It’s a Go – The Clinical Trials Unit Embarks on the First Human Gene Therapy Trial in DOVS History

Featured News // News // Research News // Retina // University of Wisconsin - Madison // Mar 13 2018

                                     Kimberly Stepien, MD, investigates a retinal disorder.

The University of Wisconsin-Madison Department of Ophthalmology and Visual Sciences (DOVS) has formally been announced as a partner site for Nightstar Therapeutics’ STAR Phase 3 Registrational Trial for NSR-REP1 in Choroideremia. This is the first human gene therapy trial in the history of the department.

Choroideremia (CHM) is a rare, X-linked genetic retinal disorder primarily affecting males. It’s characterized by progressive vision loss that usually begins with night blindness. The STAR trial is a Phase 3 trial evaluating the safety and efficacy of NSR-REP1, a gene therapy for the treatment of CHM. In data from four open-label Phase 1/2 clinical trials in which 32 patients were treated with NSR-REP1, over 99% of treated patients maintained or improved their visual acuity over a one-year follow-up period.

The STAR trial parallels the NIGHT study. The UW DOVS Clinical Trials Unit (CTU) began participation in the NIGHT trial for CHM in summer 2017 and currently has several individuals enrolled. The NIGHT study is a longitudinal natural history observational study, which provides evidence regarding the disease state and rate of disease progression in untreated CHM patients. Patients for the STAR trial will primarily be recruited from the NIGHT study group. The STAR trial expects to enroll approximately 140 patients across 18 clinical sites worldwide.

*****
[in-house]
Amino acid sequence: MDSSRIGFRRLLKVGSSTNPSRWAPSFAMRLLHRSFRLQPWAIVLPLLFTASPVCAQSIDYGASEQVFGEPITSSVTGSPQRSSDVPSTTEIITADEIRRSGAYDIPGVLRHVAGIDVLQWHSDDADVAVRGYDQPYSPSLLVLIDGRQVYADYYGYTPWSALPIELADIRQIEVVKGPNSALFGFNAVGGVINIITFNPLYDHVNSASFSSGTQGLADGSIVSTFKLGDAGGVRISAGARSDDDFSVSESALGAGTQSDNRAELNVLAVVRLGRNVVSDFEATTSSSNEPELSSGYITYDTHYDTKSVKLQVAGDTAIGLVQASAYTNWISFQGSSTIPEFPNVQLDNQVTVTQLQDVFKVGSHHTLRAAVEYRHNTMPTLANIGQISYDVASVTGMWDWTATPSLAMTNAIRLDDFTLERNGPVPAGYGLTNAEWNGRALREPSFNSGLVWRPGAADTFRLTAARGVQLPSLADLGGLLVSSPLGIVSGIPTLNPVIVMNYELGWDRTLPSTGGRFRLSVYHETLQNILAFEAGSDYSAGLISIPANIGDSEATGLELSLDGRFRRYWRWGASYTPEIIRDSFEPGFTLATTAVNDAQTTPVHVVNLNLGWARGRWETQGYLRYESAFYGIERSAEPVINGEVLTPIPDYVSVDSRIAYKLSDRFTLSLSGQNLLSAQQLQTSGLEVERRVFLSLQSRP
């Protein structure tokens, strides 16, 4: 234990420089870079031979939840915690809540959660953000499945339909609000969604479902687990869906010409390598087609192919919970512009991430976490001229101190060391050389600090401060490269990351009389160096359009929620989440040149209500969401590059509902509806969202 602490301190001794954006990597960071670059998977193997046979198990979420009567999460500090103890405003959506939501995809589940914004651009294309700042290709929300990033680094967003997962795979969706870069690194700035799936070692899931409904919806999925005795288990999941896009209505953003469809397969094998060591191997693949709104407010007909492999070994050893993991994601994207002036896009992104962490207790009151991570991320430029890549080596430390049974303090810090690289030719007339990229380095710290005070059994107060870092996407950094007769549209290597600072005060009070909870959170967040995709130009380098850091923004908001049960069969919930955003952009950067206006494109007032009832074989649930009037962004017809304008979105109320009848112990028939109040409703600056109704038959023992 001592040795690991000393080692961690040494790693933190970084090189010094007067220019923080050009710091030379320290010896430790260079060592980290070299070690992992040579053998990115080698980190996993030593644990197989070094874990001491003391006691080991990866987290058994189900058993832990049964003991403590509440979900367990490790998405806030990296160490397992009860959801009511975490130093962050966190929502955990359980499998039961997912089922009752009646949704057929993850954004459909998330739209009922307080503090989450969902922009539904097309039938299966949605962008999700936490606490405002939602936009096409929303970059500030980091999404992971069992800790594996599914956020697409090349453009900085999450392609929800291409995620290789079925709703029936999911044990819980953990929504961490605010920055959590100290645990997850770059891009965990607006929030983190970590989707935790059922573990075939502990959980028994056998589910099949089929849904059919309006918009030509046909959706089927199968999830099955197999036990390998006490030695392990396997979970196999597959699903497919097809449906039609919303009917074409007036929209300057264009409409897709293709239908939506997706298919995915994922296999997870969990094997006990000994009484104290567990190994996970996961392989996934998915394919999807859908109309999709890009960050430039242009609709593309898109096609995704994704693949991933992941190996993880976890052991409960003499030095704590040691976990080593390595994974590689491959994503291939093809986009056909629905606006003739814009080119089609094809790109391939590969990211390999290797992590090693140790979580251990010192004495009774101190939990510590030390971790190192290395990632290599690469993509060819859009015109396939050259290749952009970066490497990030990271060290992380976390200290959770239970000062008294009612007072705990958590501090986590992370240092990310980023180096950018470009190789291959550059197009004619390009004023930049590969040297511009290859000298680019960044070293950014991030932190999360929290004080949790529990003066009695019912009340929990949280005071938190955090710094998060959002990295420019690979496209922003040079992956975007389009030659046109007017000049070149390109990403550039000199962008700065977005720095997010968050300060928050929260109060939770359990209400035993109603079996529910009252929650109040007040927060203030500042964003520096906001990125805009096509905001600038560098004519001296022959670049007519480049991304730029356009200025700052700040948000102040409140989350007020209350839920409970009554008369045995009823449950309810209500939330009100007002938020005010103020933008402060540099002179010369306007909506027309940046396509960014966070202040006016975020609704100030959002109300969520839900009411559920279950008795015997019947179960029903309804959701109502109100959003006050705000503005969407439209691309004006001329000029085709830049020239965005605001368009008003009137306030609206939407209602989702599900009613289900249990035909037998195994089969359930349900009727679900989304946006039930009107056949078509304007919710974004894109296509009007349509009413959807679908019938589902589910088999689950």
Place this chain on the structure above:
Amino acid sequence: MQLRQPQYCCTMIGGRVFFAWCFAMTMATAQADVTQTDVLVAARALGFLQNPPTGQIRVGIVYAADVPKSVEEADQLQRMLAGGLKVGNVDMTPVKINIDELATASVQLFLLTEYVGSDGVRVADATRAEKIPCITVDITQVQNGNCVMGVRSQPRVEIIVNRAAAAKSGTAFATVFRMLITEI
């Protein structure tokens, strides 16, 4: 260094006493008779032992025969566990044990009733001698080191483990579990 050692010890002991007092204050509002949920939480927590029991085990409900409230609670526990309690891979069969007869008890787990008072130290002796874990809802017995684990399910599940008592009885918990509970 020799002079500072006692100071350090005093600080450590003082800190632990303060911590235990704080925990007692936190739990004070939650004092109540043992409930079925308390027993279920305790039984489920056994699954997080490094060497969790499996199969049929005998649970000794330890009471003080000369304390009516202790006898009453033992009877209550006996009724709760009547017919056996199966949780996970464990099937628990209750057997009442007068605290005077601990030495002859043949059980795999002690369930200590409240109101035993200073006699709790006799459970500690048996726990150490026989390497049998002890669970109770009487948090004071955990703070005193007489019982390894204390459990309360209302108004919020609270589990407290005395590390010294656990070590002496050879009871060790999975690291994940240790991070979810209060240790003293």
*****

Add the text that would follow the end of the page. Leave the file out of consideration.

“We are excited to be part of this landmark trial for choroideremia. After following some of these patients for years without any potential treatment options, it is so exciting to be part of a trial that offers the hope of halting progression and preserving vision for this disease,” commented Kimberly Stepien, MD, principal investigator for the study, vice chair of clinical affairs and director of the adult inherited retinal degeneration clinic.

Nightstar Therapeutics, based in the UK, is a clinical-stage gene therapy company that develops treatments for rare inherited retinal diseases. The IRD research team at the University of Wisconsin-Madison is led by Dr. Stepien and Melanie Schmitt, MD, director of the pediatric inherited degeneration clinic. For more information regarding these trials, please contact Nickie Stangel, DOVS CTU study coordinator for the NIGHT and STAR trials at (608) 263-8783.

SOURCE: Nightstar Therapeutics

Kimberly Stepien, MD

Principal investigator for the study, vice chair of clinical affairs and director of the adult inherited retinal degeneration clinic

Melanie Schmitt, MD

Director of the pediatric inherited retinal degeneration clinic